Author: Syedur Rahman
24 January 2022
3 min read
If anyone doubted the appeal of Non-Fungible Token'>NFT’s, they should perhaps take a look at the Bored Ape Yacht Club (BAYC) – a collection of 10,000 individual ‘bored ape’ images that have generated more than $1 billion in sales. They should also bear in mind that crypto transactions last year amounted to $15.8 trillion, with the three highest-priced NFT’s alone going for a total of $108 million.
However, the NFT space continues to be plagued by compromised security in the form of hacking, threats from bad actors and subsequent fraudulent activity. According to Chainalysis, 2021, saw $14 billion in criminal crypto transactions in 2021, up from $7.8 billion in 2020.
To go back to BAYC, a recent hack and theft saw 15 bored ape NFT’s worth $2.28 million taken from a gallery owner through a phishing scam that drained his Ethereum wallet. Fortunately, the gallery owner was able to recover several NFT’s and freeze his apes with the assistance of OpenSea. In response to the hack, OpenSea confirmed that it did not have the power to freeze or delist NFTs that exist on these blockchains; but it could disable the ability to use OpenSea to buy or sell stolen items. However, OpenSea does not have the power to stop the NFT’s simply being transferred to another marketplace and being sold onwards. The risk, therefore, is clear and obvious.
Exchanges such as Coinbase offer crime insurance on their accounts of up to $250,000 per individual to protect a portion of digital assets from theft and security breaches. This provides some level of comfort. But the policy does not cover losses incurred through unauthorised access to users’ account credentials.
The exact status of NFT’s has yet to be officially decided. There is still a lack of clarity on whether an NFT can be described as a security in accordance with Financial Conduct Authority guidance or a virtual asset, as described by the Financial Action Task Force (FATF). As a result, a dangerous vacuum exists in terms of official oversight of NFT’s.
The need for clarification regarding NFT’s has been recognised by FATF. Recent FATF guidance says that NFT’s are not to be considered virtual assets based on their general use, and that the evaluation of them should be done on a case-by-case basis. Yet the FATF does believe that NFT’s should be regulated as virtual assets when the use of them conforms to the definition of a virtual asset, adding “some NFT’s that on their face do not appear to constitute as virtual assets may fall under the virtual asset definition if they are to be used for payment of investment purposes in practice.’’
This presents those involved with NFT’s with the challenge of recognising which NFT’s meet the FATF functional definition of a virtual asset. A look at the current framework within England and Wales in relation to cryptocurrency-related fraud and asset recovery can be of some use in relation to this.
In order to rely on civil remedies of asset recovery, it is important to identify where the NFTs are, or - if they have been sold or exchanged for another asset - where the proceeds of sale are. In the case of cryptocurrency and NFT’s, this requires victims to act quickly to prevent assets further dissipating. An asset tracing exercise can be complex, and often sees assets move out of the jurisdiction, requiring quick action, to track, identify and freeze them. Anyone looking to recover their assets will require tracing and recovery specialists to work with various countries’ legal systems and make the correct legal applications immediately.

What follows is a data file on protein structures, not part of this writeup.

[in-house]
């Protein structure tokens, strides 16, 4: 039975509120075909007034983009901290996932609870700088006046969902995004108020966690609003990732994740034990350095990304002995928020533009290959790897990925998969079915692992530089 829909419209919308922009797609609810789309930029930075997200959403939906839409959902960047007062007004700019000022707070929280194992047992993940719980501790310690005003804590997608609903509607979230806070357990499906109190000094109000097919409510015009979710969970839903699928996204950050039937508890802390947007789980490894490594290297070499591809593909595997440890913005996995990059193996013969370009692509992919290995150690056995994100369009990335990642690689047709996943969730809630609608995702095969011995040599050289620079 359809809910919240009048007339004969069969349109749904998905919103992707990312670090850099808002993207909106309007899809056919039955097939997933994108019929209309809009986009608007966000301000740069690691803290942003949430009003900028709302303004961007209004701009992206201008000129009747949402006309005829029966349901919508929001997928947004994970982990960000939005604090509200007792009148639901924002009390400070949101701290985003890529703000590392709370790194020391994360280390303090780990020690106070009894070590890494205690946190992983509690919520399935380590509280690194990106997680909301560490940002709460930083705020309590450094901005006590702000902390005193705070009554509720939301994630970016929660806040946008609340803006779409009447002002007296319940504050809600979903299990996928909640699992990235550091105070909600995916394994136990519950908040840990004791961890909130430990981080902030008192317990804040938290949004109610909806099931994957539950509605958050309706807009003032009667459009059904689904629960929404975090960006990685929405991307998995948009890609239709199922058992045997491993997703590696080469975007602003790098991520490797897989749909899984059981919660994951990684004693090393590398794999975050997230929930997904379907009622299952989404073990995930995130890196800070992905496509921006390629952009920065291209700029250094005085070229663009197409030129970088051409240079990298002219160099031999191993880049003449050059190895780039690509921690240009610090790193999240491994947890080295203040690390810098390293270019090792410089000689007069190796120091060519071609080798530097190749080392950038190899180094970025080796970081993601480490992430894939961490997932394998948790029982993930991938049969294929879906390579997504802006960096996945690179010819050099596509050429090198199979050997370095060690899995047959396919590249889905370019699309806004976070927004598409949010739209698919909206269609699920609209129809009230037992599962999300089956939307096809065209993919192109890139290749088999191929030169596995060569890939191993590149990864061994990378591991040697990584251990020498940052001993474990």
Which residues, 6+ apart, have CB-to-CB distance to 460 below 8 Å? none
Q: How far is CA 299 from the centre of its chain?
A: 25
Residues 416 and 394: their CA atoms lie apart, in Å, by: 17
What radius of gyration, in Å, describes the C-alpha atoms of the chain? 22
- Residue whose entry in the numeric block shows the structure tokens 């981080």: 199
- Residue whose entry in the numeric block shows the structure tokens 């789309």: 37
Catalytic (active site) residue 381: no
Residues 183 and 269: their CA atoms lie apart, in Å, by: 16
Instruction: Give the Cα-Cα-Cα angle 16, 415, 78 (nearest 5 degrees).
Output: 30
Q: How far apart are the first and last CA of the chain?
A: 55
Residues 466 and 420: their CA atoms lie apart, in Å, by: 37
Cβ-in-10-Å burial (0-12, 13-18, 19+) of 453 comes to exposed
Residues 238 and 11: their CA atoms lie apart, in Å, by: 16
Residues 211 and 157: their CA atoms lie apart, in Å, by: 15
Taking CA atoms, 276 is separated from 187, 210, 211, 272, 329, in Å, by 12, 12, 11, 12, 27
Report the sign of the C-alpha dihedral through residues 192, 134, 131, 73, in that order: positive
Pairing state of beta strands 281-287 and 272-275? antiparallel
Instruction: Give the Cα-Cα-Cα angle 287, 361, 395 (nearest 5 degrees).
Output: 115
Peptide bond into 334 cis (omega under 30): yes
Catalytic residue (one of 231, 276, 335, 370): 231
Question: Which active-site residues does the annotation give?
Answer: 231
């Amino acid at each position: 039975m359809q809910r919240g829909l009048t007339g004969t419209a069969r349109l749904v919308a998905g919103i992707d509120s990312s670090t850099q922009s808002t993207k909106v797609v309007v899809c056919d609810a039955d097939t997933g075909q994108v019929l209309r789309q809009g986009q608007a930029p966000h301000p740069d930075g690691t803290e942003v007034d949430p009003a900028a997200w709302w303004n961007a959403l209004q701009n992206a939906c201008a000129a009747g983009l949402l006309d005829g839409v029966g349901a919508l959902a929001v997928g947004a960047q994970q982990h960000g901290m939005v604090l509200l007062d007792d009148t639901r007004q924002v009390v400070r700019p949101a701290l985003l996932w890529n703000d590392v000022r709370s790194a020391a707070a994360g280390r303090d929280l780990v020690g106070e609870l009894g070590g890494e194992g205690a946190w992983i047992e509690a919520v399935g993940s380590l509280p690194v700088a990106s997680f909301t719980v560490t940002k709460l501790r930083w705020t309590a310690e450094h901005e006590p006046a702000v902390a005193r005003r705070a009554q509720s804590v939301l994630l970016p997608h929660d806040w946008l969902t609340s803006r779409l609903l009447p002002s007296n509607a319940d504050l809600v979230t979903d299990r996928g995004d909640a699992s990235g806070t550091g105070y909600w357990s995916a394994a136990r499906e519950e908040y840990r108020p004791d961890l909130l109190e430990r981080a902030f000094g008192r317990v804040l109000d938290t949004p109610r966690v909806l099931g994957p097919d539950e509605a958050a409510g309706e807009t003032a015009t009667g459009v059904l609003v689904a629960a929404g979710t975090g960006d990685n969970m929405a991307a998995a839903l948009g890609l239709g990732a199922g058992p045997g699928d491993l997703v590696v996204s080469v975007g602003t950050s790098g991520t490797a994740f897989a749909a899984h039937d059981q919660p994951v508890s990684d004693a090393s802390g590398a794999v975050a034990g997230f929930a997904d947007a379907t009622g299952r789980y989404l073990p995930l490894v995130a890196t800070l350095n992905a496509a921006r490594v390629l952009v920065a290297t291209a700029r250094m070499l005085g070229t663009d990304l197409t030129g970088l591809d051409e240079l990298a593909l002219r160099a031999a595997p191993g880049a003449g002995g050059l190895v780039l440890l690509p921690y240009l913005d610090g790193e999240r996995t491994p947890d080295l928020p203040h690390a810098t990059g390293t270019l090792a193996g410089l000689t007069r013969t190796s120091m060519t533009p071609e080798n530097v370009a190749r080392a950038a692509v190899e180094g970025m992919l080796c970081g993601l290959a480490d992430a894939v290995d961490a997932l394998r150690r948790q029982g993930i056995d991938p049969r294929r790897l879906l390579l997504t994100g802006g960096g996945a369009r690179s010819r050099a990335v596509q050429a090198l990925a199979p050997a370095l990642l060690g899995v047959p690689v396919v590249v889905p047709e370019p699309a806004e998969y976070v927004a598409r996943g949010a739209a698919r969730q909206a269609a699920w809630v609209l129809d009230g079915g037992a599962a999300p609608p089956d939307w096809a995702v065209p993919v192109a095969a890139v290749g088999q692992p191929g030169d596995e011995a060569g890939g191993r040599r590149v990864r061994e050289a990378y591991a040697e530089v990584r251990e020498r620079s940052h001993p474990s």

Once individuals, their locations, and the location of the assets or proceeds are ascertained, they can utilise the interim reliefs available such as worldwide freezing orders and proprietary injunctions as per Ion Sciences vs Persons Unknown and Others. In this case, both a proprietary injunction and worldwide freezing order were sought to preserve Bitcoin or their traceable proceeds, as well as an ancillary disclosure order to identify the bad actors.
Additionally, a Bankers Trust Order aimed at cryptocurrency exchanges can be sought to require the exchange to disclose confidential information supporting the proprietary claim, as was decided by the High Court in Fetch.AI Ltd & Anor v Persons Unknown Category A & Ors  EWHC 2254 (Comm). For Norwich Pharmacal relief, the legal principles set out in Mitsui V Nexen Petroleum [2005} EWHC 625 are a useful tool for requiring the third-party exchanges, and those involved in the wrongdoing (even innocently) to disclose information as to the identity of the wrongdoer. Where it is not known in which jurisdiction the bad actors are, AA v Persons Unknown  EWHC 3556 (Comm) among other cases, saw the court find that there was a good reason for alternative service.
The judgments relating to cryptocurrency have highlighted the court’s increasing recognition of cryptocurrency as a recognisable asset that must be protected, and these will form the basis of tracing and recovering crypto assets such as NFTs – at least until the status of NFT’s is fully clarified.
Syedur Rahman is known for his in-depth experience of serious fraud, white-collar crime and serious crime cases, as well as his expertise in worldwide asset tracing and recovery, international arbitration, civil recovery, cryptocurrency and high-stakes commercial disputes.